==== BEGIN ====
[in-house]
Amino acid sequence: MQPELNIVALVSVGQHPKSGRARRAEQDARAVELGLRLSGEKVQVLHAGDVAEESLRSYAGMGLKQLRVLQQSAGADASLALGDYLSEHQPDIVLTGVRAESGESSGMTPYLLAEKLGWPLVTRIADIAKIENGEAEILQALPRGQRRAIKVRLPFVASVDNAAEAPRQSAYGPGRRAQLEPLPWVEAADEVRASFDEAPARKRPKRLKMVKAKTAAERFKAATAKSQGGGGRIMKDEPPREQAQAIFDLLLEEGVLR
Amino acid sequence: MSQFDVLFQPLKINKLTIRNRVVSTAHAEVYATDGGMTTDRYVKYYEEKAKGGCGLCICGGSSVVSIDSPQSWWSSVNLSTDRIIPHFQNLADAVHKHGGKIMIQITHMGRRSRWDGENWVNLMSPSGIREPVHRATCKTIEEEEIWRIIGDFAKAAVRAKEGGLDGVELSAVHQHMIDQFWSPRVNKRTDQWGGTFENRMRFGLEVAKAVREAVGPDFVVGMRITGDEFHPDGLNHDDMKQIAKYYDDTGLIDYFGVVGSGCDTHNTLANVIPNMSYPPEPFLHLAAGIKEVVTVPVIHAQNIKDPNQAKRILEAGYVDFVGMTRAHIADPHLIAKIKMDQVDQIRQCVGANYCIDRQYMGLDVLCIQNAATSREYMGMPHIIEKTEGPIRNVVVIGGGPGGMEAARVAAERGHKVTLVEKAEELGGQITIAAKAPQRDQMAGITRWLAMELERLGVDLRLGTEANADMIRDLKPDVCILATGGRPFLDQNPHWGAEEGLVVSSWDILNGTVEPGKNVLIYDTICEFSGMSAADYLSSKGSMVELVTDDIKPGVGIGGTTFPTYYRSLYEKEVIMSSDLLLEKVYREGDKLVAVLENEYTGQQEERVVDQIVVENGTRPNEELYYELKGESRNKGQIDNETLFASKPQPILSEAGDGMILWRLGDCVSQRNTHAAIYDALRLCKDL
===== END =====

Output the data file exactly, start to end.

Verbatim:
[in-house]
Amino acid sequence: MQPELNIVALVSVGQHPKSGRARRAEQDARAVELGLRLSGEKVQVLHAGDVAEESLRSYAGMGLKQLRVLQQSAGADASLALGDYLSEHQPDIVLTGVRAESGESSGMTPYLLAEKLGWPLVTRIADIAKIENGEAEILQALPRGQRRAIKVRLPFVASVDNAAEAPRQSAYGPGRRAQLEPLPWVEAADEVRASFDEAPARKRPKRLKMVKAKTAAERFKAATAKSQGGGGRIMKDEPPREQAQAIFDLLLEEGVLR
Amino acid sequence: MSQFDVLFQPLKINKLTIRNRVVSTAHAEVYATDGGMTTDRYVKYYEEKAKGGCGLCICGGSSVVSIDSPQSWWSSVNLSTDRIIPHFQNLADAVHKHGGKIMIQITHMGRRSRWDGENWVNLMSPSGIREPVHRATCKTIEEEEIWRIIGDFAKAAVRAKEGGLDGVELSAVHQHMIDQFWSPRVNKRTDQWGGTFENRMRFGLEVAKAVREAVGPDFVVGMRITGDEFHPDGLNHDDMKQIAKYYDDTGLIDYFGVVGSGCDTHNTLANVIPNMSYPPEPFLHLAAGIKEVVTVPVIHAQNIKDPNQAKRILEAGYVDFVGMTRAHIADPHLIAKIKMDQVDQIRQCVGANYCIDRQYMGLDVLCIQNAATSREYMGMPHIIEKTEGPIRNVVVIGGGPGGMEAARVAAERGHKVTLVEKAEELGGQITIAAKAPQRDQMAGITRWLAMELERLGVDLRLGTEANADMIRDLKPDVCILATGGRPFLDQNPHWGAEEGLVVSSWDILNGTVEPGKNVLIYDTICEFSGMSAADYLSSKGSMVELVTDDIKPGVGIGGTTFPTYYRSLYEKEVIMSSDLLLEKVYREGDKLVAVLENEYTGQQEERVVDQIVVENGTRPNEELYYELKGESRNKGQIDNETLFASKPQPILSEAGDGMILWRLGDCVSQRNTHAAIYDALRLCKDL